Let My Girlfriend Go





“Come by at 8:30. We can talk then.” Even though it was a text, I could feel the flat tone of my girlfriend’s mood coming through. The verdict was in and it did not sound promising.

To be honest, I hadn’t thought it all through when I embarked on the “Second Seder Initiative”.  The notion was admirable – an unmarried guy throwing something special for friends and neighbors of whom he had been ‘shnorring’ for years.  Rosh Hashanah lunches at the Feldsteins, breaking the Yom Kippur fast at the Weinbergss, a fistful of Sukkot parties at Hershey Faigenbaums and too many Shabbat dinners to count at the Zuckermans.  None of the hosts would call it schnorring, a yiddishism for freeloading.  Such was their generosity in performing a mitzvah (good deed) for a poor schlemiel on his own after twenty years of marriage.  

For some additional flavor I was going to sprinkle in some denomination-appropriate strays and a couple of gentile women from the office.  Add in the kids, the ex and the aforementioned girlfriend – ah, you see the storm clouds forming –  and  I was looking at kosher for Passover catering for sixteen. I had a handle on some high end bridge chairs to go with the folding tables. While global satellite technology developed in the diaspora has eclipsed the absolute need for a second seder, it has evolved as a relatively convivial replay for most.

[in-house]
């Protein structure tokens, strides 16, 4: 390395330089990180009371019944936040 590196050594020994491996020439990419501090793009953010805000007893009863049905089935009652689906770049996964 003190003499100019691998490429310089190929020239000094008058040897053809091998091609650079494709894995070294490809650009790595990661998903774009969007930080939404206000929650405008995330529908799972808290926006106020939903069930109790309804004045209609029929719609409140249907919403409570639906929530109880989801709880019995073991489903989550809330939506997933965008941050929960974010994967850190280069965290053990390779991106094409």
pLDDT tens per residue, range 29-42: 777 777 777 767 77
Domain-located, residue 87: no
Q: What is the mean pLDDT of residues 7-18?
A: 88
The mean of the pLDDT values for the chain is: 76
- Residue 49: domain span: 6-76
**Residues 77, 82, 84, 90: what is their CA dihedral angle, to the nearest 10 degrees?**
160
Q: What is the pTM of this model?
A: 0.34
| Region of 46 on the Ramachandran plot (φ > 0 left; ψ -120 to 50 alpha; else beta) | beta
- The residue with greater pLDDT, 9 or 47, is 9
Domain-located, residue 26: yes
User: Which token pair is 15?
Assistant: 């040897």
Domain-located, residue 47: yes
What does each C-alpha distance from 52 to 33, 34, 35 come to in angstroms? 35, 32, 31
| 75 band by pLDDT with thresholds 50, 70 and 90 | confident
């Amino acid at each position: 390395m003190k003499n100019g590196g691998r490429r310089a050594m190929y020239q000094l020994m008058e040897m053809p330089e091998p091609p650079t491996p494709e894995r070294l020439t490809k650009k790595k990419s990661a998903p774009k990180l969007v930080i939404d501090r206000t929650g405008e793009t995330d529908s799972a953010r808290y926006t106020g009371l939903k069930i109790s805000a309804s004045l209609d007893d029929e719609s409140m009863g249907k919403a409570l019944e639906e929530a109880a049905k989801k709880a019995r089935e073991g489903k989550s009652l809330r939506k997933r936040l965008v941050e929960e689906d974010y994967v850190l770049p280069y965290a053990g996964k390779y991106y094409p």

When I told the former Mrs. Gross that my girlfriend would be in attendance, she reacted badly. She made it clear that if this was the case she and my two kids wouldn’t be coming.  Much cursing ensued as we dug in our heels. My position was weak as my former wife had always, generously, made her Seder table open to me. Jewish holidays are about family and even if the limb of marriage was long amputated I still had some vestigial longings for that life during the festive seasons.

Planning a seder is no easy task especially if you are playing by “Strict rules of Passover, Mr. Goldstein.”  We’re talking separate dishes, cookware and cutlery, total ethnic cleansing of the kitchen and wildly overpriced seasonal foods for which you have to wrestle over bottled borscht with old crones from the Gulag who have no problem backing over your still twitching body with their shopping carts. I was having a nervous breakdown just putting together a seder with catering and waitstaff!